Home Student Life Beyond College Admissions: Adulting After High School

Beyond College Admissions: Adulting After High School

by Academy Contributor

NOTE: While this post is obviously geared towards incoming college freshmen, we know for a fact that some of you already-college students could also still use a tip or two adjusting to college life, so do feel free to dive right in as well.

You filled out your college application correctly. You made it through the college admissions process successfully. You’ve chosen your degree program and locked in your financial aid options. Congrats! These are huge victories that deserve to be celebrated.

Heading off to college straight out of high school can be both exhilarating and overwhelming. You go from being a kid to an adult almost overnight.

Along with the newfound freedom that awaits you, you’re also going to be dealing with some challenges for the first time. Set yourself up for success by anticipating the following responsibilities and preparing in advance. 

Living on a tight budget

If this is the first time you’ve ever bought your own groceries or paid for things like books and school supplies, you need a plan. Define the amount of money you have to work with every month, and meticulously track your expenses.

Find a money management app that works for you, and use it. Intuit’s Mint is very popular, as is PocketGuard, which helps you track your budget and lower your spending.

Be sure you budget in an emergency savings fund. You want to stash away a bit of cash every month so there’s a safety net cushion to fall back on if you blow a tire or your laptop dies.

Cooking healthy meals for yourself

When you’re short on time, money, and kitchen space, you need hassle-free meals that you can make quickly. Check out One Dish Kitchen’s 40 Easy Recipes for College Students, for example. These yummy meals can be prepared in a dorm room or a small apartment kitchen.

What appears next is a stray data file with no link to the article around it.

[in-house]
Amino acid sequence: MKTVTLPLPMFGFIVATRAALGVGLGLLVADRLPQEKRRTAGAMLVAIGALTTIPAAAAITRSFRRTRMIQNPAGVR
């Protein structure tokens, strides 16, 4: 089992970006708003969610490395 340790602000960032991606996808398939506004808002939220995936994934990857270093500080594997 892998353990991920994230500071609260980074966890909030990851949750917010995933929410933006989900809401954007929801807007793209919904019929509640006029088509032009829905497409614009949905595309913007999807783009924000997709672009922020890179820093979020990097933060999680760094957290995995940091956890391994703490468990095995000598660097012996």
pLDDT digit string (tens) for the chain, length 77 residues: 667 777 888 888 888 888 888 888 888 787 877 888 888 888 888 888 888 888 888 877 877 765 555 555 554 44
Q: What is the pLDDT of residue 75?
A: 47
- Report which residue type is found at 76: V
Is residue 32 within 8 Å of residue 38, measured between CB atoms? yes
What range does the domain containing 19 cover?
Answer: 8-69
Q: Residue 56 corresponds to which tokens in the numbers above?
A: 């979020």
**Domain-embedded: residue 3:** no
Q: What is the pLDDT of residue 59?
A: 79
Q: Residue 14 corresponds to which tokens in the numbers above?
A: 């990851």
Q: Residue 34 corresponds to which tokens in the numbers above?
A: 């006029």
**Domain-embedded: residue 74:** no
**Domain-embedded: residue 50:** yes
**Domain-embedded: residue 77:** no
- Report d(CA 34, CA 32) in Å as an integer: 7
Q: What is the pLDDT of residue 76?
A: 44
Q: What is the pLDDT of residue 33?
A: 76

Use your microwave, stove, oven, or toaster oven to whip up delicious homemade eats. Find healthy recipes for breakfast, lunch, dinner, and dessert. Joanie Zisk even includes no-bake cheesecake recipes. Say “goodbye” to boring frozen meals and overpriced takeout.

Staying organized

Managing your time effectively is essential for a successful college career. If you’re working a part-time job, participating in social activities, and carrying a full class load, you need help staying on top of your commitments.

Find either a hardcopy planner or a free productivity app that lets you track your personal appointments, classes, study time, and assignment due dates all in one place. Some apps are great for storing to-do lists, and others feature distraction-blocking features that prevent you from wasting time on your favorite social media sites.

Be sure you plug in some downtime when you’re filling out your schedule. If it’s sleeping until 2 p.m. on Sunday or your weekly yoga-at- dawn class, carve out regular “me time” — and don’t schedule over it.

friends happily walking

Paying taxes

Familiarize yourself with the tax laws that govern your particular situation while you’re in college. Be sure you first consult with your parents to see if they’re claiming you as a dependent on their returns.

If you earn less annual income than the $12,000 standard deduction, you aren’t required to file a return. But U.S. News reports students “may still want to file if they had income taxes withheld on their paychecks. That’s because if they don’t submit a tax return, they may end up forfeiting money owed to them by Uncle Sam if they had too much withheld, for example.”

Remember that any money you earn from working in the gig economy has an impact on your tax liability. If you walk dogs, deliver groceries, or perform data-collection tasks on a crowdsourcing platform, there are tax consequences.

Finding an apartment

If you don’t plan to live in the dorm for your entire college stay, you’ll need to deal with finding an apartment for the first time. Maybe you don’t have references yet. Ask your former RAs for reference letters vouching for your good-neighbor ways.

If you don’t have a well-established credit history yet, be prepared to offer two months’ rent and/or a hefty deposit up front. Perhaps your folks would co-sign for you? Do you need to split the costs with a roommate or two? Be sure you understand the terms of the lease before you commit.

Asking for help

Reach out to your professors or tutors if you start falling behind. That’s what they’re there for. Attending college is a privilege and a responsibility, but no one expects you to get through it all by yourself. Academy of Art has a variety of student resources that should prove useful to helping you navigate your way through college.

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